5. I haven't really kept up with Zoella, but she definitely sounds like a good role model for her younger audience. I'm more familiar with Aimee Song and I agree - she's a refreshing role model that makes good girls look cool. Or at least, normalizes it. As someone who doesn't drink or do drugs, it helps makes me feel not so weird sometimes.

  6. I can say that bloggers make good influencers when it comes to dressing up especially right now that we have an emerging era.

    Much Love,
    Jane | The Bandwagon Chic

  7. I think the wonderful thing about blogging is that we get to make our voices heard. If you're a "good" girl, you have the space to share your story and make it look cool! If you're a "bad" girl, you have the same ability to do so! However, I do think that blogging is especially amazing for "good" girls, because that image isn't as trendy in the mainstream, and so we really get the chance to show who we are :) -Audrey | Brunch at Audrey's

  8. I am loving that leather jacket

  9. I did always find it interesting growing up that a lot of girls in the blogging world didn't drink or could be considered "good" girls - although that's not to imply that people who do drink are "bad". I don't drink, smoke or do drugs, and I never have, and I found that because I was blogging from a really young age it was a nice way to meet people who were similar to me that I couldn't necessarily find in real life. That was well before the days of influencers, and I'm sure with Instagram around these days the social pressure on teenagers must be 10 x what it used to be, but having role models and people to look up to who are much closer to just being "normal" people (as opposed to celebrities) would be a big help. Even if it's hard to be like them, they at least have more realistic lives and seem more approachable than celebrities ever did, and they often use their platform to talk about their struggles and the things that make them human, which is really important to hear when you're a teenager struggling to navigate the world around you.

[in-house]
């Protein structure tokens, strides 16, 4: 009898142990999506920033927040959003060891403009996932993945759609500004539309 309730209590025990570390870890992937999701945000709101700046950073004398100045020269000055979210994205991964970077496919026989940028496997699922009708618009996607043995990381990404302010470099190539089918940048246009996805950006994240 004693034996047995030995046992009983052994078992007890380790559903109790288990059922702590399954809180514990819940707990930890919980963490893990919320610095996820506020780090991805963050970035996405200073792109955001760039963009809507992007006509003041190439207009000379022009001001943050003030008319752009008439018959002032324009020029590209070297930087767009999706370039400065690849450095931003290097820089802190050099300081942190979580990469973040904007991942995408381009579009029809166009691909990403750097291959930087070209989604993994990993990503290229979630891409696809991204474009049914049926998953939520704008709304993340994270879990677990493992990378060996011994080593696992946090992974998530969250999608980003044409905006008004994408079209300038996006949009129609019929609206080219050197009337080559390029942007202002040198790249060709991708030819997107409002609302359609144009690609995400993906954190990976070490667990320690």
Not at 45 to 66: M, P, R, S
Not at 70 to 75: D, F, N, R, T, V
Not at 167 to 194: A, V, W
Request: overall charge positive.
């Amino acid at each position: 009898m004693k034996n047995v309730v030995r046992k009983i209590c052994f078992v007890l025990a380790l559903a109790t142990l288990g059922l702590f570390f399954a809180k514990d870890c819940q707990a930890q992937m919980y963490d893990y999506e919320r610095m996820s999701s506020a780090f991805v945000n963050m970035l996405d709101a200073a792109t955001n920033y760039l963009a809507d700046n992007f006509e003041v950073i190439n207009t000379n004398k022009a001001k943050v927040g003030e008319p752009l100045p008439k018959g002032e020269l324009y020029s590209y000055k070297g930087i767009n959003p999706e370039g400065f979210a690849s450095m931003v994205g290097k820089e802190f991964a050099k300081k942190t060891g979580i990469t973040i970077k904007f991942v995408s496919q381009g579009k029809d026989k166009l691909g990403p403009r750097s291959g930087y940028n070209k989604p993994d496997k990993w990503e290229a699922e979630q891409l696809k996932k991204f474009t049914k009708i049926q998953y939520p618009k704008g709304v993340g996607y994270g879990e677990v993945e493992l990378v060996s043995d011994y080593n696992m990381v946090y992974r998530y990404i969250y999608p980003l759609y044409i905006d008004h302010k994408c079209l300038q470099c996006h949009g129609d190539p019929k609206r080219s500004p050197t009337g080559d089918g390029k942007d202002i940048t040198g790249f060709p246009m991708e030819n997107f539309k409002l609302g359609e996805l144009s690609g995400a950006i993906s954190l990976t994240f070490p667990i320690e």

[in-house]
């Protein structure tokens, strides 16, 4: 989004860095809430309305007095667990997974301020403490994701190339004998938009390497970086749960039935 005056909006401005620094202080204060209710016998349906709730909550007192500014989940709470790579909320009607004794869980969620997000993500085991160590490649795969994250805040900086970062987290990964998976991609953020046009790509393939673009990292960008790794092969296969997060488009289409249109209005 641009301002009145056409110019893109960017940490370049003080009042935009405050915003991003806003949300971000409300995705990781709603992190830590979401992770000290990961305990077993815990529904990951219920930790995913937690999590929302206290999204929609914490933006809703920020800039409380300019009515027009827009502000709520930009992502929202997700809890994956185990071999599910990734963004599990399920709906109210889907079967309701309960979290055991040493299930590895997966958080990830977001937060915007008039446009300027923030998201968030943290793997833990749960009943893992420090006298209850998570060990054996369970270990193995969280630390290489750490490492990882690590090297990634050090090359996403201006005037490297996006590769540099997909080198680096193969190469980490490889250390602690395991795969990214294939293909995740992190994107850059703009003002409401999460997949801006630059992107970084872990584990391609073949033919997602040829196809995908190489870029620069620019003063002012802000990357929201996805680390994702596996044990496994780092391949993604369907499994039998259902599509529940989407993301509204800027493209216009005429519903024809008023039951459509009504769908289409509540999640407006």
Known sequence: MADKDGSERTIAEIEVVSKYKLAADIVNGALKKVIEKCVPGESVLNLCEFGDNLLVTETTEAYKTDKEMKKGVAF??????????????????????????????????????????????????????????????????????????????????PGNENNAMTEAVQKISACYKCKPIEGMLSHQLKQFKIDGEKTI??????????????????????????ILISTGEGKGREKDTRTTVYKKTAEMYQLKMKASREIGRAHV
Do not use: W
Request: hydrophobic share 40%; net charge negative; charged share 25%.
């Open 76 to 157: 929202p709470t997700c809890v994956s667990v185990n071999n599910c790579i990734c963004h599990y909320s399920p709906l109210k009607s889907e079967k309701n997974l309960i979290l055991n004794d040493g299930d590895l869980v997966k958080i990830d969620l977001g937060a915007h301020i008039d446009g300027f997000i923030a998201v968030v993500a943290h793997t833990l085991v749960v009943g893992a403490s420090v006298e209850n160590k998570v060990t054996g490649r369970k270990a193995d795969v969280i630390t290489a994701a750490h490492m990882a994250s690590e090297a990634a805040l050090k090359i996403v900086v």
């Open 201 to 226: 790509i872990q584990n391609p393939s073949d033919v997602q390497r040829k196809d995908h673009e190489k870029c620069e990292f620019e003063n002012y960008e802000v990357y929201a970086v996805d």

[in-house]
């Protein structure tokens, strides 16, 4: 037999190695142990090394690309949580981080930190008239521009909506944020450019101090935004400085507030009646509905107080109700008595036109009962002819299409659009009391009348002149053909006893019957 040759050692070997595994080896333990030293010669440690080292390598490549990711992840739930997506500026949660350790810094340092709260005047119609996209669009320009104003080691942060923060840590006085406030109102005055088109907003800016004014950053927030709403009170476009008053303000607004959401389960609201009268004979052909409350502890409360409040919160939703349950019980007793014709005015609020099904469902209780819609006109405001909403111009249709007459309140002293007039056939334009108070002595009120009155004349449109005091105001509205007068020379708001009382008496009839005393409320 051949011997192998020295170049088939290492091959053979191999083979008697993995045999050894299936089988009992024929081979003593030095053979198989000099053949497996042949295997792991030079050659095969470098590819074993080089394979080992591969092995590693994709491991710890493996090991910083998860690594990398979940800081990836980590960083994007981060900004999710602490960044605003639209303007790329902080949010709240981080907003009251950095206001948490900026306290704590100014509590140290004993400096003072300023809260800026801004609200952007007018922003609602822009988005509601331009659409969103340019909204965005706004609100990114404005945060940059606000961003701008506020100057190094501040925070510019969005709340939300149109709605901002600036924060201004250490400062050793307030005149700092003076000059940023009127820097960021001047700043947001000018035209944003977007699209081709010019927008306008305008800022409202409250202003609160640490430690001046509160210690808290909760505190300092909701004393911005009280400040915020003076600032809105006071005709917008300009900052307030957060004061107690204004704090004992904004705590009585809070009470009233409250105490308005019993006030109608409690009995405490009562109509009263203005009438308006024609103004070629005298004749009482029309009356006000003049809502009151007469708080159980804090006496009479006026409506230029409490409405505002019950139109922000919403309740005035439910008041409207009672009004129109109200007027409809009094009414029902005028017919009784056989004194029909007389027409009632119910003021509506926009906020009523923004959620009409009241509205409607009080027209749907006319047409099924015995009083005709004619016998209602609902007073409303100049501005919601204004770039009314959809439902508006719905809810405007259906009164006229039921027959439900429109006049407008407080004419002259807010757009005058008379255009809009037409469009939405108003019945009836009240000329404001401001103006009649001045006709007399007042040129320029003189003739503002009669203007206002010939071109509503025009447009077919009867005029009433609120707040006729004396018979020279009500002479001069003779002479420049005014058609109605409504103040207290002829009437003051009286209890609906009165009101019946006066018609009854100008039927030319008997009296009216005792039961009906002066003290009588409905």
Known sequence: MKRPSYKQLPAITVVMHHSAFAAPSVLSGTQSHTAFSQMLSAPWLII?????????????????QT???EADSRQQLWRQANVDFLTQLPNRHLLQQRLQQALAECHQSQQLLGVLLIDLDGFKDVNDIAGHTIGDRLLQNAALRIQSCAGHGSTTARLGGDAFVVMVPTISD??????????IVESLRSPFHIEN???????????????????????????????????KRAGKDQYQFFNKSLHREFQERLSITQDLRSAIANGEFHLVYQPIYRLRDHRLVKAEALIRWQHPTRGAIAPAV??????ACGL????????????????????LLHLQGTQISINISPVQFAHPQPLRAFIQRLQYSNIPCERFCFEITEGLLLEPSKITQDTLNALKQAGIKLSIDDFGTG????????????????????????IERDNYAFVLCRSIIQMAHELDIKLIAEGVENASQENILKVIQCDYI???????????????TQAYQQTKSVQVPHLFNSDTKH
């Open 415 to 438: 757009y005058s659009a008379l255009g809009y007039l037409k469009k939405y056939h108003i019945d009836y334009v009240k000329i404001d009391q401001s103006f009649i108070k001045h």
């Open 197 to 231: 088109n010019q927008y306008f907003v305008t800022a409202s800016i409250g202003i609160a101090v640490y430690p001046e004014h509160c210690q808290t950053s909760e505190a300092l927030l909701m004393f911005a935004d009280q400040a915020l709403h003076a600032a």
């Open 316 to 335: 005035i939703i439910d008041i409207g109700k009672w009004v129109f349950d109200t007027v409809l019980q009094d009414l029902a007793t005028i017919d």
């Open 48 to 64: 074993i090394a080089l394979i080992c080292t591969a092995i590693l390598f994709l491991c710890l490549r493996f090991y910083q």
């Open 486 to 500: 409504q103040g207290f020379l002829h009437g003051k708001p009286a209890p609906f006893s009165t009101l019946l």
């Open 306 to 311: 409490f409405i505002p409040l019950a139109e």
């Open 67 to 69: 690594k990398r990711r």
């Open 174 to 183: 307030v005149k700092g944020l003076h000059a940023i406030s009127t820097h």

10. I like the landscape and style of your photos :)

    Kisses from
    Sara's City

  11. Great topic to cover. It definitely gets you thinking about a lot!
    I think it's nice to look up to someone, but not be obsessed over them as you don't fully know them on their day to day life.

  12. That jacket looks so cute!Lovely oufit:-)

  13. I've never seen anyone talk about bloggers from this perspective before, but I love it and totally agree with everything you've written! Although I don't follow Zoella, I can see how she has such a positive influence on the younger generation. Especially as she is so open about her anxiety, which is a huge help to teenagers who may feel alone if she hadn't come out about it. I wish there were more people in the public eye like her because I feel like celebrities who are sexualised give young girls the wrong idea and influence them to dress in a certain way and act in a certain way which they shouldn't feel they have to xx

  14. Great points as always, I think we need to remember that what bloggers post is just a fraction of their actual life and usually the filtered, happy part. So that's not beat ourselves up by comparing our lows to their highs.